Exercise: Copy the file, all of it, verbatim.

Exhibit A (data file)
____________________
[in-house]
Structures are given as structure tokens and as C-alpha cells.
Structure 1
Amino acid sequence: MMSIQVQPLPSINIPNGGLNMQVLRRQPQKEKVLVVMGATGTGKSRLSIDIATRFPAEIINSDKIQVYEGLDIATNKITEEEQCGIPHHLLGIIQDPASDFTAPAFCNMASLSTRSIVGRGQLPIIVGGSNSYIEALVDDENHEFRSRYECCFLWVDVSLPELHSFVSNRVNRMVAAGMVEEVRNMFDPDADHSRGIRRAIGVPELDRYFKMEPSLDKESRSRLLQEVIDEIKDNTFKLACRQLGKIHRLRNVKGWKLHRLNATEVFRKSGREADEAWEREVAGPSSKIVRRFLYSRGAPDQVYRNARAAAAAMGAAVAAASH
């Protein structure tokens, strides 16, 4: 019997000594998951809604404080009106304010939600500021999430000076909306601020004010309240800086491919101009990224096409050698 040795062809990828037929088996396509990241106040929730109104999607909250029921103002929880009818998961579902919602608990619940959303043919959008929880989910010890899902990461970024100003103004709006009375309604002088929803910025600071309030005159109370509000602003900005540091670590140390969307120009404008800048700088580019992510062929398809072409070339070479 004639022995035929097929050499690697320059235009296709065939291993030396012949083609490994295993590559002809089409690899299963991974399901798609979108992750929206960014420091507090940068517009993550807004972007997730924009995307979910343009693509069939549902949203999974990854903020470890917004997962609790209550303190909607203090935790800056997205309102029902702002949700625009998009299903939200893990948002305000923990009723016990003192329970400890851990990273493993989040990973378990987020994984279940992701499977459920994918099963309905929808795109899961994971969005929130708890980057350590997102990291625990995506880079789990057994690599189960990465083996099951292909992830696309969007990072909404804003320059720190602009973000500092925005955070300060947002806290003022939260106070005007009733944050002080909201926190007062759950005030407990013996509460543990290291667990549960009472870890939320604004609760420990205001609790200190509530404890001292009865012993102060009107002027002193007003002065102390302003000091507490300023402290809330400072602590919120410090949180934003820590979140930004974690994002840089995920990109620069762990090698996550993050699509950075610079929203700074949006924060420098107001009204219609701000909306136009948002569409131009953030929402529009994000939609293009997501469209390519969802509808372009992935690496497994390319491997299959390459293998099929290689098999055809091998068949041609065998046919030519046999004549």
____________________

[in-house]
Structures are given as structure tokens and as C-alpha cells.
Structure 1
Amino acid sequence: MMSIQVQPLPSINIPNGGLNMQVLRRQPQKEKVLVVMGATGTGKSRLSIDIATRFPAEIINSDKIQVYEGLDIATNKITEEEQCGIPHHLLGIIQDPASDFTAPAFCNMASLSTRSIVGRGQLPIIVGGSNSYIEALVDDENHEFRSRYECCFLWVDVSLPELHSFVSNRVNRMVAAGMVEEVRNMFDPDADHSRGIRRAIGVPELDRYFKMEPSLDKESRSRLLQEVIDEIKDNTFKLACRQLGKIHRLRNVKGWKLHRLNATEVFRKSGREADEAWEREVAGPSSKIVRRFLYSRGAPDQVYRNARAAAAAMGAAVAAASH
């Protein structure tokens, strides 16, 4: 019997000594998951809604404080009106304010939600500021999430000076909306601020004010309240800086491919101009990224096409050698 040795062809990828037929088996396509990241106040929730109104999607909250029921103002929880009818998961579902919602608990619940959303043919959008929880989910010890899902990461970024100003103004709006009375309604002088929803910025600071309030005159109370509000602003900005540091670590140390969307120009404008800048700088580019992510062929398809072409070339070479 004639022995035929097929050499690697320059235009296709065939291993030396012949083609490994295993590559002809089409690899299963991974399901798609979108992750929206960014420091507090940068517009993550807004972007997730924009995307979910343009693509069939549902949203999974990854903020470890917004997962609790209550303190909607203090935790800056997205309102029902702002949700625009998009299903939200893990948002305000923990009723016990003192329970400890851990990273493993989040990973378990987020994984279940992701499977459920994918099963309905929808795109899961994971969005929130708890980057350590997102990291625990995506880079789990057994690599189960990465083996099951292909992830696309969007990072909404804003320059720190602009973000500092925005955070300060947002806290003022939260106070005007009733944050002080909201926190007062759950005030407990013996509460543990290291667990549960009472870890939320604004609760420990205001609790200190509530404890001292009865012993102060009107002027002193007003002065102390302003000091507490300023402290809330400072602590919120410090949180934003820590979140930004974690994002840089995920990109620069762990090698996550993050699509950075610079929203700074949006924060420098107001009204219609701000909306136009948002569409131009953030929402529009994000939609293009997501469209390519969802509808372009992935690496497994390319491997299959390459293998099929290689098999055809091998068949041609065998046919030519046999004549």